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No, not all three notes of a triad must be present for it to be given a Roman numeral. Common practice requires at least two pitches to be present to recognize it as a triad: the root, so that we know what the root of the chord actually is (!), and the third, so that we know the quality (typically major or minor). This means that the chordal fifth is ...


I would add the Roman numeral if there is an implied harmony. The 5th is such a strong fundamental (acoustically speaking) that it is still perceived by the listener even if it is not written in the score.


Figured bass and Roman numeral analysis are two separate things. In figured bass, each interval above the given bass is specified. A chord that features an octave and a third above the bass would be figured 8/3. This is especially important if it's the composer's specific intention to have an incomplete chord. Figured bass does not employ Roman numerals. In ...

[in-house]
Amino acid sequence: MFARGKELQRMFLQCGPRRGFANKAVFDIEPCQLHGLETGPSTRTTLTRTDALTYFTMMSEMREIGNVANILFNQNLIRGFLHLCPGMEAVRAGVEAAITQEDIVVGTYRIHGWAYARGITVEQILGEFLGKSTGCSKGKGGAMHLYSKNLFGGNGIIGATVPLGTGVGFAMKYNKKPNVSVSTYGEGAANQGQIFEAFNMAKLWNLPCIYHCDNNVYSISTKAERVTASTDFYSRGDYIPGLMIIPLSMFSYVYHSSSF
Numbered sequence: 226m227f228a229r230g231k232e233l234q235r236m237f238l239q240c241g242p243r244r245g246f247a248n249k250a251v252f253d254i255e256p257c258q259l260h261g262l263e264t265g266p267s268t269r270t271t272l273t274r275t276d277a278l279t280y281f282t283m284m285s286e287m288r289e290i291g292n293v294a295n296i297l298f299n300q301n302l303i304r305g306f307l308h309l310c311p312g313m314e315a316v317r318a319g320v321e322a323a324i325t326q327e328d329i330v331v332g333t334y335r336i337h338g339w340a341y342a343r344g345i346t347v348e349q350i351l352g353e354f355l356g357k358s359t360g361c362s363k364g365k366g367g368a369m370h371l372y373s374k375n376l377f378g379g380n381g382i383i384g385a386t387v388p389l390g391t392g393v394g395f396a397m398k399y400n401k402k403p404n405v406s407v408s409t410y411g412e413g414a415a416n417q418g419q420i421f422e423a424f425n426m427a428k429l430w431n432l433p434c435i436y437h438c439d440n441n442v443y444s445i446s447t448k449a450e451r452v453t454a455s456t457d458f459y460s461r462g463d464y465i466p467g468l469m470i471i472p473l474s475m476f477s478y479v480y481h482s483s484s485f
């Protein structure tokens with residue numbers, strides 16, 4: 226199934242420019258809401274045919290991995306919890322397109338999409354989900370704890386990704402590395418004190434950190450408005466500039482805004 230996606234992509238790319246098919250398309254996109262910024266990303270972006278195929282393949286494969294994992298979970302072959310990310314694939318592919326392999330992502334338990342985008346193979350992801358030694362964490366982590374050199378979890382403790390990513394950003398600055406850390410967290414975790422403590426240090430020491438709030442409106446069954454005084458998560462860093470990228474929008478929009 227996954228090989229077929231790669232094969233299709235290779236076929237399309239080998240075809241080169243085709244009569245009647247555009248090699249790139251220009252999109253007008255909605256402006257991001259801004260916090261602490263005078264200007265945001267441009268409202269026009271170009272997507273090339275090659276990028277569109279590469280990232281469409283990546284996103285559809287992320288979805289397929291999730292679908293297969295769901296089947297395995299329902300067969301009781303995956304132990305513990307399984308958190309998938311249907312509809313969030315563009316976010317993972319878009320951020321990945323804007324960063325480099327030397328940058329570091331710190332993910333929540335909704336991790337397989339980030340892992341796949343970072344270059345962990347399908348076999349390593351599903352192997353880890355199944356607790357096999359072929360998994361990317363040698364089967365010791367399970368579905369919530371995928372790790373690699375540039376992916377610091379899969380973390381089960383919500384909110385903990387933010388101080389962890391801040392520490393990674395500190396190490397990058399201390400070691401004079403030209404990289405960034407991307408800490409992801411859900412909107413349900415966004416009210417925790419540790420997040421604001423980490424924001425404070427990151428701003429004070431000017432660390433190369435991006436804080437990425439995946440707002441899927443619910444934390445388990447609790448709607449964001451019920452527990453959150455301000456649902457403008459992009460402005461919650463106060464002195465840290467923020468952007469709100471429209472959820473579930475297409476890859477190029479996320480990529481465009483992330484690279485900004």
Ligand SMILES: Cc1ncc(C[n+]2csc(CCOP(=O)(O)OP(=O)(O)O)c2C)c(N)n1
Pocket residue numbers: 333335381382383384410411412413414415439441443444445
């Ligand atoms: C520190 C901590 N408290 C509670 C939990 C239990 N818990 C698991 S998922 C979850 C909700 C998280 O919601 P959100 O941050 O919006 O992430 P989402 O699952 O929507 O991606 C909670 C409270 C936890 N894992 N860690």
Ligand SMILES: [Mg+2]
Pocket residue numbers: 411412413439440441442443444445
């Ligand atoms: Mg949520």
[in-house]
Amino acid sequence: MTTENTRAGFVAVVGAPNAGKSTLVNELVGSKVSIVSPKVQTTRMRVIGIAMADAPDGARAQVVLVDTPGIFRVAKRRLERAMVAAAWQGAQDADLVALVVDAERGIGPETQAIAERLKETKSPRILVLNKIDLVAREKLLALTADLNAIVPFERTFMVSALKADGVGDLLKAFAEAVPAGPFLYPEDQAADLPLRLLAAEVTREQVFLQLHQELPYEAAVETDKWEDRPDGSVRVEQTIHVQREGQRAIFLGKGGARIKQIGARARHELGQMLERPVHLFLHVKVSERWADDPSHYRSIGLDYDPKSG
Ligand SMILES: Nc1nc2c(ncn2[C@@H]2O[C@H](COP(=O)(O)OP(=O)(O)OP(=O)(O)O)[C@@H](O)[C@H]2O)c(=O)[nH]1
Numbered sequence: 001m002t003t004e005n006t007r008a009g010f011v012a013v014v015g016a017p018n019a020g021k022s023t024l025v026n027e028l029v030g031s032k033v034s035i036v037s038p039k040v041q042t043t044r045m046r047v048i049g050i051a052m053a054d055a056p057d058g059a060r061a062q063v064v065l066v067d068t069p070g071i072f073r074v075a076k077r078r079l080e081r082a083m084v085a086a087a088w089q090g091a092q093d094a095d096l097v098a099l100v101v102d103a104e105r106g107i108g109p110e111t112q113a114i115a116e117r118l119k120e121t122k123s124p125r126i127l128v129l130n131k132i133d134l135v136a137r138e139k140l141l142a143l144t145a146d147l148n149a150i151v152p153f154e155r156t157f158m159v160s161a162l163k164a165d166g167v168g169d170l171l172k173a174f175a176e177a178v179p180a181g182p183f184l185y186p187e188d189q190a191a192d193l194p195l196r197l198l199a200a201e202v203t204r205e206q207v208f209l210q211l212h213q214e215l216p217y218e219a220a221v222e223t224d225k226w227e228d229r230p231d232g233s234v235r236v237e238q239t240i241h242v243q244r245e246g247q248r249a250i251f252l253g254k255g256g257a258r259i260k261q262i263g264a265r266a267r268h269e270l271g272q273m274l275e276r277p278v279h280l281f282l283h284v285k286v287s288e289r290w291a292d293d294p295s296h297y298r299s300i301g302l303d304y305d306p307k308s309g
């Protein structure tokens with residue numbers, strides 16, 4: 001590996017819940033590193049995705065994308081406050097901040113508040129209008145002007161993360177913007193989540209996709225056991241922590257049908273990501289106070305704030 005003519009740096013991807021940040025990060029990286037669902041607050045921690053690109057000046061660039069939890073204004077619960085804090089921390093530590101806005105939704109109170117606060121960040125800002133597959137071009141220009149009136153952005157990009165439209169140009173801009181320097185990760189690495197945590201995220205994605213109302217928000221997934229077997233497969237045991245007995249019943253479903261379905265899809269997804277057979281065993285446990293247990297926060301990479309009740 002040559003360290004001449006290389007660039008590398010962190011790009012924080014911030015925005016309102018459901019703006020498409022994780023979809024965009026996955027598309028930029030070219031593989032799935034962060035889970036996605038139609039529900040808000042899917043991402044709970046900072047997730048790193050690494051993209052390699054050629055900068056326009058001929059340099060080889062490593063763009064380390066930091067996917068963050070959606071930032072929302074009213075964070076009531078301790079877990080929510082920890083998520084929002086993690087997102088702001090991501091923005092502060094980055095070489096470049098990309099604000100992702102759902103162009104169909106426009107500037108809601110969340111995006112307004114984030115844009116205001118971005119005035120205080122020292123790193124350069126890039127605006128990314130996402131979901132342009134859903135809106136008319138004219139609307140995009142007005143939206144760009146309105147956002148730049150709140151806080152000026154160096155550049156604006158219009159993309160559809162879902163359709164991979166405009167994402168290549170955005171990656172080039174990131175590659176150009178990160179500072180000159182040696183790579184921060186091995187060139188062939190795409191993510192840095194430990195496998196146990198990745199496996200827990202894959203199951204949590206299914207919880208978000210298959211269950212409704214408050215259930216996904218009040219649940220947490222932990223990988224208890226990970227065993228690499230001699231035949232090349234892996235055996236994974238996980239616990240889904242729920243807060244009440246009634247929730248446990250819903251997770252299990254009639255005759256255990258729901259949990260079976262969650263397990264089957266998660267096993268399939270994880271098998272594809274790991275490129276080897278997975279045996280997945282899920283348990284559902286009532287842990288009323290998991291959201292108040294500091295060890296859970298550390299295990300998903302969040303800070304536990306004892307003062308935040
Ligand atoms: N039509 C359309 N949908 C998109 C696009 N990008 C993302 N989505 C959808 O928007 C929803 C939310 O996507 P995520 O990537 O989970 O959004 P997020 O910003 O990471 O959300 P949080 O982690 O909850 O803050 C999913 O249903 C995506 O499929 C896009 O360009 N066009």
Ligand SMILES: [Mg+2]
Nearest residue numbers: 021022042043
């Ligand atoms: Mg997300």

In terms of literal chords, your analysis is fine, except for the D5 chord, which should be Dsus4(omit 5) or something like that. However, it misses the purpose of figured bass, which is to specify the intervals above the lowest voice. Figured bass does not attempt to identify chords, nor does it indicate the chord voicing, aside from specifying the lowest ...

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